Loren Brichter On Tweetie

Loren Brichter is the author of the popular Twitter application Tweetie, an iPhone only application until the Mac version was released on Monday. MacWorld has a great little interview with Loren. One thing I really admire is that Loren really understands how to build a good application. Performance, ease of use, simplicity are all taken into account. Not just features and toys.

I thought this particular nugget was the highlight though:

..AIR apps are like modern day Java applets… sure, they run on every platform. But they also suck on every platform.

I’ve yet to find an Adobe AIR application I like even though several have great ideas behind them. Even on Windows, where I presume AIR has the biggest market share they all look strange, the UI is garbage and the performance is abysmal. On the Mac it gets even worse. Creating a Mac theme won’t help as my expectations for a Mac UI are different than they are on Windows or Linux. Java apps have the same issues.

I think this is why more and more “applications” are becoming web based. If your going to feel awkward and unnatural to the user anyway, why even bother with the installation barrier? Why not just be web based so you don’t have to download and install. As awkward as they may be, those that add Adobe Flash tend to make the problem worse by adding more strange feeling UI to their application. Adobe Flash does do good video, it’s a big reason YouTube became popular, but it’s really no replacement for user interface. Hopefully in 2017 when HTML5 is wrapping up we’ll have this problem solved.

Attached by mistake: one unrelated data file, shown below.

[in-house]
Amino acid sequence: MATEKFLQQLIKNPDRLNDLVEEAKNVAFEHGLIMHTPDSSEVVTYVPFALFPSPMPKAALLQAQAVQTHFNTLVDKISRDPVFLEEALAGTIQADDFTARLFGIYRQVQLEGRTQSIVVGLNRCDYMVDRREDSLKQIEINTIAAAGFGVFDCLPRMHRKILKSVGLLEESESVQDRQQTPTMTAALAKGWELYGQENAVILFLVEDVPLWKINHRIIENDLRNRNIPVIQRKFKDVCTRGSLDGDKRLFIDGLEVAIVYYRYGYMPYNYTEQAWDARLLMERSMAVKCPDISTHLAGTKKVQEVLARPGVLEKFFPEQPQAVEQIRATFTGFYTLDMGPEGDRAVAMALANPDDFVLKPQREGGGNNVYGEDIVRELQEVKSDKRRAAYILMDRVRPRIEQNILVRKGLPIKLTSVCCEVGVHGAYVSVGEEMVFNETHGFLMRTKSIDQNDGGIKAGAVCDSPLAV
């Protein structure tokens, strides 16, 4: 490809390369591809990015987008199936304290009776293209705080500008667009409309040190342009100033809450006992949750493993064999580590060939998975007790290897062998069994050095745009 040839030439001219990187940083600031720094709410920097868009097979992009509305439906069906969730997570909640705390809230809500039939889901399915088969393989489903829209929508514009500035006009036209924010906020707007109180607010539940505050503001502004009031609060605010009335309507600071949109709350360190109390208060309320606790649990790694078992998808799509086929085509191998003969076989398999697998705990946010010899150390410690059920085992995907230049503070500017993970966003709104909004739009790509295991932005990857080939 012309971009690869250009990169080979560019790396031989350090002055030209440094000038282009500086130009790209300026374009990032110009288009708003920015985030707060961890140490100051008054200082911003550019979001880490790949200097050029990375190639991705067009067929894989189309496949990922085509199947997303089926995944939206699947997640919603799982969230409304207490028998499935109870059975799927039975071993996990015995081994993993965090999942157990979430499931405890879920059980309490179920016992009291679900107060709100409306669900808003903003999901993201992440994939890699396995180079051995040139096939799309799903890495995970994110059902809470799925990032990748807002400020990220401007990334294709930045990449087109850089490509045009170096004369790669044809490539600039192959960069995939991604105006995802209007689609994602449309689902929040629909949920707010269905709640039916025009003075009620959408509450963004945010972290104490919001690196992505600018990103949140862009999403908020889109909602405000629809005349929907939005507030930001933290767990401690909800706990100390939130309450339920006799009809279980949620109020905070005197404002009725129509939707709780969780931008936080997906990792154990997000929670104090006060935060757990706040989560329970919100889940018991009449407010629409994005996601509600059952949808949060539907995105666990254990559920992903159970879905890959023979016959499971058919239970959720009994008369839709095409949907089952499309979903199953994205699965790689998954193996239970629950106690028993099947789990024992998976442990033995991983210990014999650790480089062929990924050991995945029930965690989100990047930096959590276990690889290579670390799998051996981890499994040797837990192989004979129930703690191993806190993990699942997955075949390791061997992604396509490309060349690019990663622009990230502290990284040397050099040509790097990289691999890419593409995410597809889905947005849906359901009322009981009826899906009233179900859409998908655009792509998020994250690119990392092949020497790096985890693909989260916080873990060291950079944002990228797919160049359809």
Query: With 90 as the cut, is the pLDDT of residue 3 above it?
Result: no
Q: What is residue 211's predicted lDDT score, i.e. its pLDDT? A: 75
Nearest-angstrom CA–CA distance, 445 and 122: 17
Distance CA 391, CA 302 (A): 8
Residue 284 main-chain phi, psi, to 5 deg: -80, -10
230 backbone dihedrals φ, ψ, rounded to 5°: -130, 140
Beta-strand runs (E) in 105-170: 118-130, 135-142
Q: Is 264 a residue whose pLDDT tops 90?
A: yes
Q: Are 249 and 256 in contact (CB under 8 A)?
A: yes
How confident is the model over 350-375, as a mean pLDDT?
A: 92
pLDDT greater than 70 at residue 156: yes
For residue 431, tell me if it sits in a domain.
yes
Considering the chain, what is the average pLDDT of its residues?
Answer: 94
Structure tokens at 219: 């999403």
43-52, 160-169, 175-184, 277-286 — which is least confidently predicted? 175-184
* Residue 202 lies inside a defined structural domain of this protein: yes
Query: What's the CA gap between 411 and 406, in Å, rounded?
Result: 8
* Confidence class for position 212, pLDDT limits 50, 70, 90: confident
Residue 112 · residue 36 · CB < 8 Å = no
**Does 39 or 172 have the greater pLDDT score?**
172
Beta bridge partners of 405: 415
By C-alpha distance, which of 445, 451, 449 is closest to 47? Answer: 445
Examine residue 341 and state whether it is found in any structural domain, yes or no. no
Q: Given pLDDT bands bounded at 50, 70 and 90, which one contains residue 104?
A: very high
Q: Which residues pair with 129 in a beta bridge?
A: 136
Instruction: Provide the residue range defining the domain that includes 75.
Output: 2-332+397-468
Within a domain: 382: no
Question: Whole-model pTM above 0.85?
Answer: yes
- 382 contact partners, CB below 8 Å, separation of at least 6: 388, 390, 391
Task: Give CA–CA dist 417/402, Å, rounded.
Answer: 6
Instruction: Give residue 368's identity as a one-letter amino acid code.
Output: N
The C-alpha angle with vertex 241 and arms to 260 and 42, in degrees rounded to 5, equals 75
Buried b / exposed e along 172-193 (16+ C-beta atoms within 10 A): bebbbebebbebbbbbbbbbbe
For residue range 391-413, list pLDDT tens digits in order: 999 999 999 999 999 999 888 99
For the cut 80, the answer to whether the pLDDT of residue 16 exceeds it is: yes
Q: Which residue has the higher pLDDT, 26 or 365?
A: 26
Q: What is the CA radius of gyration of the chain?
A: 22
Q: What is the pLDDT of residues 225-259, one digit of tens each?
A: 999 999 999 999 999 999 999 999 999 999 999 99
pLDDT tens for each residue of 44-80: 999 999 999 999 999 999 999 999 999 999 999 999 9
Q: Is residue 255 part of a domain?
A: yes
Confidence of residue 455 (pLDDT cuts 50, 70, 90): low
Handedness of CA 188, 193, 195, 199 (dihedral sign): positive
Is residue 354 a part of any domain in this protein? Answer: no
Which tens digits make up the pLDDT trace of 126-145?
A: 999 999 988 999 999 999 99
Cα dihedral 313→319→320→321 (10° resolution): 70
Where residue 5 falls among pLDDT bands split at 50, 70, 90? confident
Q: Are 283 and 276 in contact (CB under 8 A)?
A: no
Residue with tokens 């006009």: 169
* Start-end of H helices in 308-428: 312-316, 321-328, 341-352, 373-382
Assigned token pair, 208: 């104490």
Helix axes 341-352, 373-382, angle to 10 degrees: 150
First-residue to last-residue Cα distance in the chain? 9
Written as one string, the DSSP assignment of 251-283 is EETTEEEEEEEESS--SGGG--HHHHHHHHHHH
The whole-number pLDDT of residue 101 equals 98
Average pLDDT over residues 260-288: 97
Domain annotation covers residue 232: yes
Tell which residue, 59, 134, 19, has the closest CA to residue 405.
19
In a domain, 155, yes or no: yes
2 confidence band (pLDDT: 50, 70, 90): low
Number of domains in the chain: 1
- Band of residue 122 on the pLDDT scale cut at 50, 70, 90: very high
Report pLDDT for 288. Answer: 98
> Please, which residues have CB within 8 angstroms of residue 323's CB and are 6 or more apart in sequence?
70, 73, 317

1 reply on “Loren Brichter On Tweetie”

Hi Loren, this is pretty easy…. 😉

Web interfaces _are_ AIR interfaces — the graphic resources are identical to what you use in browsers: HTML and SWF. If you think they all suck, and only prefer native-coded interfaces mandated and restricted to a single hardware/OS manufacturer, then that’s your prerogative. But if you “hate” all AIR UIs, then you’re hating all Web UIs too.

So, assuming Web UIs are sometimes acceptable, then we’re at “What’s the user advantage to AIR over webpage?” There are many reasons here, varying by the individual application, but including: increased abilities (notifications, windowing, local storage, cloud synch, desktop drag’n’drop, etc)… dissociation from the performance and security issues of generic cross-site browsers… desktop presence across OS brands (setting as a start-up task, background operations, etc)… application resides locally and is always available, and UI, data and logic do not need to transfer themselves down through the Internet for each use. The new option fills several needs.

1.0 performance was indeed not fully optimized, just as the iPhone has been underpowered — the first generations are more for exploration and validation, later generations polish off the edges.

No need to feel threatened — AIR is an additional choice.


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